In our Flare Gas Recovery Unit, the liquid ring compressors suction check valve and coolers shell tubes side (cone seal water) get covered with deposits that contain 95%wt elemental sulfur plus iron and carbon. Our question is: How elemental sulfur forms from H2S or other sulfur compounds in this water system? I have always heard that elemental sulfur indicates that oxygen was present. I have no independent basis to know whether this is true. Assuming that it is true, then logic would suggest that there must have been some H2S or a similar compound present along with oxygen (in the water that was non-de-aerated, so I suppose that water could have been a source of oxygen). The refinery flare gases contain some H2S, and some minor amount of oxygen. Initially we used to use reject water from an RO unit as the main water source. That water is no longer used, since it has been change to Stripped Sour water. Water system pH is controlled between 7.3 and 8.3.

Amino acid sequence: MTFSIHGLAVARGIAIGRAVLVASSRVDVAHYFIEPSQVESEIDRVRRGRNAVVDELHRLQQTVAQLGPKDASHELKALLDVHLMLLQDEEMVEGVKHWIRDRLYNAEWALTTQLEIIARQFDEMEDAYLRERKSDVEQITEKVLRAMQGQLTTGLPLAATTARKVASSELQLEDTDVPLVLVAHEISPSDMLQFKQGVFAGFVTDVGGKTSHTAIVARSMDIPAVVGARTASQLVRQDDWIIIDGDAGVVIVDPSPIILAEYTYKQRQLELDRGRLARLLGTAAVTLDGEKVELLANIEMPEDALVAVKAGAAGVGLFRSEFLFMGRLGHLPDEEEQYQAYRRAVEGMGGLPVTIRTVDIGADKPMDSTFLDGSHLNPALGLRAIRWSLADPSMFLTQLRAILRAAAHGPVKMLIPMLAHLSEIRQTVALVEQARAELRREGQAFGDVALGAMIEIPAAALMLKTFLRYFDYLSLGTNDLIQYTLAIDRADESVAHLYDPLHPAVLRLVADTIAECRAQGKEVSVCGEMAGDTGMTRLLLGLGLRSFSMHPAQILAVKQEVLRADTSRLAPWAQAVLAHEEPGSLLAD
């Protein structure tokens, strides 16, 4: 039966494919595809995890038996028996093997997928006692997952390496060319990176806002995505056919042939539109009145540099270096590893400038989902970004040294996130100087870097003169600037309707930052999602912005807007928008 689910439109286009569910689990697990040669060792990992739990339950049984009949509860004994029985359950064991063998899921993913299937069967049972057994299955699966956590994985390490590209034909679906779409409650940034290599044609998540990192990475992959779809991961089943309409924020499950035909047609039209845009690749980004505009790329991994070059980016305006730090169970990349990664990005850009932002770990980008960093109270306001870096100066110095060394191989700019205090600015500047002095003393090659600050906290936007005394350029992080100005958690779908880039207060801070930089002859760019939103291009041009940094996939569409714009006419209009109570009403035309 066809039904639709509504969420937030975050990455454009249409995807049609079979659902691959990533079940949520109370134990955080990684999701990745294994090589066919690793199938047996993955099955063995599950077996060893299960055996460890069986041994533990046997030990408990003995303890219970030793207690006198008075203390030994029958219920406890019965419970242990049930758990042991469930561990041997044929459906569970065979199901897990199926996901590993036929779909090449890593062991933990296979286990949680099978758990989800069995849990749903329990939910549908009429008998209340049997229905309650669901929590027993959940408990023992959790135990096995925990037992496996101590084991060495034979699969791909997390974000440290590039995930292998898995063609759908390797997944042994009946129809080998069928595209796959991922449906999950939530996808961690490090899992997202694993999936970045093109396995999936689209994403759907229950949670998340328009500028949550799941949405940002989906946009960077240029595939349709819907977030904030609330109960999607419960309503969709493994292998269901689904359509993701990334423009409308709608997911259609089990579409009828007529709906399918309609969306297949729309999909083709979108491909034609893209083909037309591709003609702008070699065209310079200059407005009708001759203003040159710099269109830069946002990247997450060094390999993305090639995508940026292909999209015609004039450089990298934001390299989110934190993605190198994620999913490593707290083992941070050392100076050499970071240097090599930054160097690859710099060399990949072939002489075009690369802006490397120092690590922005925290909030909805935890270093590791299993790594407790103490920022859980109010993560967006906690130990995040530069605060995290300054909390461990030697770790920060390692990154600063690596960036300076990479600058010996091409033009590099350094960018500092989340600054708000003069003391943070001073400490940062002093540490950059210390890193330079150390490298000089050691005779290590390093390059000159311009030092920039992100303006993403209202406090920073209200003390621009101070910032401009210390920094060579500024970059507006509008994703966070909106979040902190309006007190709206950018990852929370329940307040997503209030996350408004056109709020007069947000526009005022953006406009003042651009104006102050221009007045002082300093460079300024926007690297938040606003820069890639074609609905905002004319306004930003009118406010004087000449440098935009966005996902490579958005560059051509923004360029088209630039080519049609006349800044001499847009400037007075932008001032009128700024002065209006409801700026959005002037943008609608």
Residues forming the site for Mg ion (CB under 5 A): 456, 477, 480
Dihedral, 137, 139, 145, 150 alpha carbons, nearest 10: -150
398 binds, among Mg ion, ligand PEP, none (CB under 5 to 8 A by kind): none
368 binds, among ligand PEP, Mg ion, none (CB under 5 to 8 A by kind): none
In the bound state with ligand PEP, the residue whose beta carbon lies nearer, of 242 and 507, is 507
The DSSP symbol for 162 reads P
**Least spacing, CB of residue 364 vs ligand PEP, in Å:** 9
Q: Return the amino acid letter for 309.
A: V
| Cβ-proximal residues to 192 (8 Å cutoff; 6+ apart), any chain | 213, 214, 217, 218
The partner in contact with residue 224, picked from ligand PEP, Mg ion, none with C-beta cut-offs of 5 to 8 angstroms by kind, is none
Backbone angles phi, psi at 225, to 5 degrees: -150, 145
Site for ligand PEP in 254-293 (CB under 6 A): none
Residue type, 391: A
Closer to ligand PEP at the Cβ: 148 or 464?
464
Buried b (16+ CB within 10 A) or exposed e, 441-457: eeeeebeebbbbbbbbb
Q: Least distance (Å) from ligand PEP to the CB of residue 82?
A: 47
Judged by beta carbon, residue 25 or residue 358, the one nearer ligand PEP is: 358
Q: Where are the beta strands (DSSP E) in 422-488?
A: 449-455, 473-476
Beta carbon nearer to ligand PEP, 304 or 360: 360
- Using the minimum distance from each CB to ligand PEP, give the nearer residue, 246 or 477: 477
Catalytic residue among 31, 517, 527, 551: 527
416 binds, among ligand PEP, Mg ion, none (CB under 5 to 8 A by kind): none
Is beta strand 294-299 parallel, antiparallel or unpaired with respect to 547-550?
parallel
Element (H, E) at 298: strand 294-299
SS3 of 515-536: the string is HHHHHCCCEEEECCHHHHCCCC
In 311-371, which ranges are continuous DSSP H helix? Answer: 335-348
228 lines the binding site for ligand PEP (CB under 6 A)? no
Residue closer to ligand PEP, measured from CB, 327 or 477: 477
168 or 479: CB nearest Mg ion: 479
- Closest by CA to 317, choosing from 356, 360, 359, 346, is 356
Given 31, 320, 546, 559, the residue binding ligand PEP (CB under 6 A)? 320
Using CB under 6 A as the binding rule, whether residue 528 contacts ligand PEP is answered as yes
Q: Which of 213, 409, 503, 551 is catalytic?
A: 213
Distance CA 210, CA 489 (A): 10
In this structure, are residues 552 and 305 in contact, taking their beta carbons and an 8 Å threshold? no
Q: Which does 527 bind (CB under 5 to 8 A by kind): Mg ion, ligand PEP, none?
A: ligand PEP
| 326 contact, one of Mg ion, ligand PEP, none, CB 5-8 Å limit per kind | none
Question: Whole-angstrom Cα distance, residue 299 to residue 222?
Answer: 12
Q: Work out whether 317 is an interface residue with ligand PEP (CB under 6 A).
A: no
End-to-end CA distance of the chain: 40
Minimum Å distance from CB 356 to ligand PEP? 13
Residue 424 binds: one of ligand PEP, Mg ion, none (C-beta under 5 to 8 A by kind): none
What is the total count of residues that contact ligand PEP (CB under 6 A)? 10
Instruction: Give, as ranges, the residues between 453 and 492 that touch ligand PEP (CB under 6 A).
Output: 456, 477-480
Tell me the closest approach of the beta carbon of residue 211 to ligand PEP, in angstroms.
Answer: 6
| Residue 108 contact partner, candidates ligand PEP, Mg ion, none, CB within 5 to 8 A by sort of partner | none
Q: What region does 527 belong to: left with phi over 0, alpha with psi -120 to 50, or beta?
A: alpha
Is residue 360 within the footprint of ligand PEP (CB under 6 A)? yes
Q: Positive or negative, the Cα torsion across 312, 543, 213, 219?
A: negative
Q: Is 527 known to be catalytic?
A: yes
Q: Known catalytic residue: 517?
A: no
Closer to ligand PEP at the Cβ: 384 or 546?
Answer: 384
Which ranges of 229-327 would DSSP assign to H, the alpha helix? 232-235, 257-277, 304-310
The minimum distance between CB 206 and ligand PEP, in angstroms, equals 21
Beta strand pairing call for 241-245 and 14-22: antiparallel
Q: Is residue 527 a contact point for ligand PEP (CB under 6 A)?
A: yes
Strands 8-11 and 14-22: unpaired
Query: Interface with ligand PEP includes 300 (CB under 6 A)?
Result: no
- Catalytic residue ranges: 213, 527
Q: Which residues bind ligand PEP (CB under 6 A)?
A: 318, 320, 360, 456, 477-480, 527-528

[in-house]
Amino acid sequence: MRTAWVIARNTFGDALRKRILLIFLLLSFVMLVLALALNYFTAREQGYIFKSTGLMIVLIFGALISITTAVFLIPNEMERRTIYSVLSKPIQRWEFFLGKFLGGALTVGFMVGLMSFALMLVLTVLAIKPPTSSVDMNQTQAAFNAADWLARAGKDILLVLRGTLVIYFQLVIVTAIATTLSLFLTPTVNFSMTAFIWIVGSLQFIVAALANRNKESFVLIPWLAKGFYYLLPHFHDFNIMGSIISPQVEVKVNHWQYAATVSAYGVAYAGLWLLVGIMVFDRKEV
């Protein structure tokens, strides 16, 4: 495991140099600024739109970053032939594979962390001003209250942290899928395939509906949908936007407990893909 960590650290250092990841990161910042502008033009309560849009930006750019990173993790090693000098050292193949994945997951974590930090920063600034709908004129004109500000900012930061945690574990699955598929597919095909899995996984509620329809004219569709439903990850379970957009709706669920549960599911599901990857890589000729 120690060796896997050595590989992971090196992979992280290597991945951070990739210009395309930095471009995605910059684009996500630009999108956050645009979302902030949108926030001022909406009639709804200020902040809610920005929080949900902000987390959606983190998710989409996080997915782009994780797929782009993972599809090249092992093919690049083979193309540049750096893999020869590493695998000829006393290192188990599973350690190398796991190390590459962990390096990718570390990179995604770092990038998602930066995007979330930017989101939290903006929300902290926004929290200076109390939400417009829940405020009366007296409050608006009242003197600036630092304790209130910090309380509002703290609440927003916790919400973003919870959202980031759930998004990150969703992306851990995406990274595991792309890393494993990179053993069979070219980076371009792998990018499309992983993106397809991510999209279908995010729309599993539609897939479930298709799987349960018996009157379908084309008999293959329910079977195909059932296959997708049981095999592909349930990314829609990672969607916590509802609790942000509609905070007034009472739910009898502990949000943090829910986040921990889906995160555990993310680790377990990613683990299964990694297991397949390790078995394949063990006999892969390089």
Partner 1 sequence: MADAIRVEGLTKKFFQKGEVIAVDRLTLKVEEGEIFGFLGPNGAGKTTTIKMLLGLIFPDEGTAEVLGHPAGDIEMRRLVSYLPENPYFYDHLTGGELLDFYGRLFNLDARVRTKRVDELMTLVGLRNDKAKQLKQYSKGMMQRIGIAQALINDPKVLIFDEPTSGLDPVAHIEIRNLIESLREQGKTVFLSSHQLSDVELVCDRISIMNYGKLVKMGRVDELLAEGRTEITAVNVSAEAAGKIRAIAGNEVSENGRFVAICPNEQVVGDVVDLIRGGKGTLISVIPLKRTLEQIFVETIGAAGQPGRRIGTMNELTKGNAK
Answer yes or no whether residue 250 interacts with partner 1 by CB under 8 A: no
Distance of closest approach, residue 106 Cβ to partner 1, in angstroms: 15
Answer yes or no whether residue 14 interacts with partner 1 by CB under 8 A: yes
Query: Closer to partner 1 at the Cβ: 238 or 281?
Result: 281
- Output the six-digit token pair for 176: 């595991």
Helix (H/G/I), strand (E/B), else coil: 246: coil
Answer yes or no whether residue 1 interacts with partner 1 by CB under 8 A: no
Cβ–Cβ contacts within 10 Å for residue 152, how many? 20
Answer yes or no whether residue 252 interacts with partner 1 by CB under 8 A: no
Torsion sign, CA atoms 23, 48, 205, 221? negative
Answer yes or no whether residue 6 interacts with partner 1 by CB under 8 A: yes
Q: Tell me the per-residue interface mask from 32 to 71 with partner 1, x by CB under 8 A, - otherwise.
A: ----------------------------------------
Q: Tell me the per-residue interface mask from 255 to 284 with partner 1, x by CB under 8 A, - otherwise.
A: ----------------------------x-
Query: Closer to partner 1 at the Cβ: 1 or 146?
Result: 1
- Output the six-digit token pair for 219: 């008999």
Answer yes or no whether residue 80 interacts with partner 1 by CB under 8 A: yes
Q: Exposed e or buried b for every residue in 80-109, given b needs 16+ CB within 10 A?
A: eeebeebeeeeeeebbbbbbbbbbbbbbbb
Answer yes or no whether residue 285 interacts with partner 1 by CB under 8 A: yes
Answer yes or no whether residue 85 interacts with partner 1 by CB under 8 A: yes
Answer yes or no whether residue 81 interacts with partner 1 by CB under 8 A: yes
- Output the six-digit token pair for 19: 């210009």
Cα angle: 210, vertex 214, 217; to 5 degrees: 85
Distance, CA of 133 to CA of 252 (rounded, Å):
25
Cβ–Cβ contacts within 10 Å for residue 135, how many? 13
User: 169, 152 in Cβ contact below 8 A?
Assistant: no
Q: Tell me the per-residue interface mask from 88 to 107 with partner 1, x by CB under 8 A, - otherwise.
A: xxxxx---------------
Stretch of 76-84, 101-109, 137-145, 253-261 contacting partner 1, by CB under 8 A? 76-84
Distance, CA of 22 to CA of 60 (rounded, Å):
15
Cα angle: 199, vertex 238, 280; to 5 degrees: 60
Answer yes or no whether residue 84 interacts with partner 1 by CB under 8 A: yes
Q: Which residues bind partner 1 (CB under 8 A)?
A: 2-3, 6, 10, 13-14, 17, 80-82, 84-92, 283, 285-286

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Brian Dalder Forum Moderator 169 Posts
Re: How does elemental sulfur form in a water system?21 September 2009 at 1:29pmAs a veteran of the chemical processing industry and more specifically the pharmaceutical industry, I am not familiar with petrochemical industry processes so I am not in a position to answer your question. ASM Handbook Volume 13C has a section entitled "Corrosion in Petroleum Production Operations" and discusses hydrogen sulfide, polysulfides, and sulfur. Perhaps that would be a good place to start in getting an answer to your question.